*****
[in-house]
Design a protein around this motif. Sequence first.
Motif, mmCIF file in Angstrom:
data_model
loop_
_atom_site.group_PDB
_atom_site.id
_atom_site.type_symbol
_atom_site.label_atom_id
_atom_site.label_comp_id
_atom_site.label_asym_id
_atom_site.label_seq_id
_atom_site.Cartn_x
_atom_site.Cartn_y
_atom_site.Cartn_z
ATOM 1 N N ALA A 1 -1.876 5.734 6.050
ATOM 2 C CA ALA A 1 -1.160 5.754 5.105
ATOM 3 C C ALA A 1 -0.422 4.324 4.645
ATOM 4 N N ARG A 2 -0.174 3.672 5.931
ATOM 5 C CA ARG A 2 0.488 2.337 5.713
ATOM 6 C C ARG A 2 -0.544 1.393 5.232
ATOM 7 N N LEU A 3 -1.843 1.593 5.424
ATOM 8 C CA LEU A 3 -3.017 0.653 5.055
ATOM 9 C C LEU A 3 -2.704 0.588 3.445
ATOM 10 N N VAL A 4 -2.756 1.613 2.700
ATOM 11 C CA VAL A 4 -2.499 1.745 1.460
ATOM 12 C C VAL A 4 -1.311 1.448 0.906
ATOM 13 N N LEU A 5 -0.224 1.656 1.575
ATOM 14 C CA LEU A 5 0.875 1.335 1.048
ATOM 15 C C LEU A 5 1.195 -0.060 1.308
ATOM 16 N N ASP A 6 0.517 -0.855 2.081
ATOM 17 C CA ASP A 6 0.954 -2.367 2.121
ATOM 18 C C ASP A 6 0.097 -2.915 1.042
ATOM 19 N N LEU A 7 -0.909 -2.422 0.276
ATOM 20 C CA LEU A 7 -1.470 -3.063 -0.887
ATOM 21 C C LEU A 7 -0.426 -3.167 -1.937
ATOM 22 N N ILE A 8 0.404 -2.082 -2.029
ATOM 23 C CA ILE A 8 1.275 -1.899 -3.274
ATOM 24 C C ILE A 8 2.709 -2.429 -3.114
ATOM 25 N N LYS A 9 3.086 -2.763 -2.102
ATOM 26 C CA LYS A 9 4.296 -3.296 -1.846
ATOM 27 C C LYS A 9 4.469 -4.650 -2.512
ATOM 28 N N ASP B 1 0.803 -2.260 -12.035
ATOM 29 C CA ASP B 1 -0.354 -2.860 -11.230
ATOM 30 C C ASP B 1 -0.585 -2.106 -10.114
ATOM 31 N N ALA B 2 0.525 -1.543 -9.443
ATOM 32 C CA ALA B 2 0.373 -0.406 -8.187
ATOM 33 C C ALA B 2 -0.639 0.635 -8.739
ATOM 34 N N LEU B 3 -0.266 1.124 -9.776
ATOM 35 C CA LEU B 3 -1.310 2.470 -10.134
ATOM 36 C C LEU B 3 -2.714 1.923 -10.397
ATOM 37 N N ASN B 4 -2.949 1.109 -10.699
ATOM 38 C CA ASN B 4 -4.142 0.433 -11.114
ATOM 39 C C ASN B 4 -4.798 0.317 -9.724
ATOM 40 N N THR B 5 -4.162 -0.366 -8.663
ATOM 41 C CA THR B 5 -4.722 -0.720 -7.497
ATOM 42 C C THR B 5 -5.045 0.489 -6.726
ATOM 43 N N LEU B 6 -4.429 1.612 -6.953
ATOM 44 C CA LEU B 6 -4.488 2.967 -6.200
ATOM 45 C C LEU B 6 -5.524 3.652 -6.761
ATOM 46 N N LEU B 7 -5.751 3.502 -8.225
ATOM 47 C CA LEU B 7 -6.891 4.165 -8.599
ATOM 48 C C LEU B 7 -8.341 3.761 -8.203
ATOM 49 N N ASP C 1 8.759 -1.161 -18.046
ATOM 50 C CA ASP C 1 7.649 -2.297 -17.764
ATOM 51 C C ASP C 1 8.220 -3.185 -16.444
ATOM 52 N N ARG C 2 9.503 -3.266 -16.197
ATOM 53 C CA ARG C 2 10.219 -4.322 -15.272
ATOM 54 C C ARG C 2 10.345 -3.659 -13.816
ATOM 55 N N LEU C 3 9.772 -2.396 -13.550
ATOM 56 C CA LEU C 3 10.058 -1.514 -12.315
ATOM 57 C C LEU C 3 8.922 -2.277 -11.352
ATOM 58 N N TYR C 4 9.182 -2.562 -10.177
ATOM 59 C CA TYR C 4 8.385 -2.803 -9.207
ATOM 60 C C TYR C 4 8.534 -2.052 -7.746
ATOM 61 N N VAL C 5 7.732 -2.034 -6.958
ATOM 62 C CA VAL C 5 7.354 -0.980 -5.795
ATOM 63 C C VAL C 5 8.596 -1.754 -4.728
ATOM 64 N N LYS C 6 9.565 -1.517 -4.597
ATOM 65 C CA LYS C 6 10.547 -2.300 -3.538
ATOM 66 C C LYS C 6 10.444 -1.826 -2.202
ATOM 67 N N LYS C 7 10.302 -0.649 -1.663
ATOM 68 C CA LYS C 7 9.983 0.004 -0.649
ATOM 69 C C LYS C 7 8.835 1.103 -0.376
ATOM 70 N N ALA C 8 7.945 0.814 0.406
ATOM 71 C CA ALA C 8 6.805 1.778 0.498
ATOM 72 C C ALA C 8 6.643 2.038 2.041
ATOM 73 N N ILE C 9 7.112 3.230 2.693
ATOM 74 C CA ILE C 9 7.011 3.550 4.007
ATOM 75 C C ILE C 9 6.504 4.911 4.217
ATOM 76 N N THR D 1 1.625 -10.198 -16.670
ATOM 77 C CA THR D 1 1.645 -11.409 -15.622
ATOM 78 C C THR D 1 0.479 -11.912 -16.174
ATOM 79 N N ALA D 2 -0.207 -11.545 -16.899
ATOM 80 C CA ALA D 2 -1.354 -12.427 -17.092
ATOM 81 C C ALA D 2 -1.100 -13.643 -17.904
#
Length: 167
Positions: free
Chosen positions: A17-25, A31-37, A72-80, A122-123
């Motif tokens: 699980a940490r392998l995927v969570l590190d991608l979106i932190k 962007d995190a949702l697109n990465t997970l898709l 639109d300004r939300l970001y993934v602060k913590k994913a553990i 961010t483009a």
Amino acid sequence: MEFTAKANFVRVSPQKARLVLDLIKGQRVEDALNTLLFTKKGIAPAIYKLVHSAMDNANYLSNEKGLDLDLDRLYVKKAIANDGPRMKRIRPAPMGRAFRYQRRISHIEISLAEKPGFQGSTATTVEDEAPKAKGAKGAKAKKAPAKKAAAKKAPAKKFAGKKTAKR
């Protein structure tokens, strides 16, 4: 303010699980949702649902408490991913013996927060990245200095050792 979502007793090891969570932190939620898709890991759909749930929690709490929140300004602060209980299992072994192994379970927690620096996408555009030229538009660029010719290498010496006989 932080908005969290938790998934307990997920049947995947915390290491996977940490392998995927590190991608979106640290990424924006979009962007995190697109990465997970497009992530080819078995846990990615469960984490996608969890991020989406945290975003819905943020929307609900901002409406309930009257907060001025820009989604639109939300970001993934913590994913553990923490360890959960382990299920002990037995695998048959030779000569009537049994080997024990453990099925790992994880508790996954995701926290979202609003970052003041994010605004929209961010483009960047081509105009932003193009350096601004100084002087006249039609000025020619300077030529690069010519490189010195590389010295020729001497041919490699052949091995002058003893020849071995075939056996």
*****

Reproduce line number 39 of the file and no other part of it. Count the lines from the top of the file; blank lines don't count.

ATOM 24 C C ILE A 8 2.709 -2.429 -3.114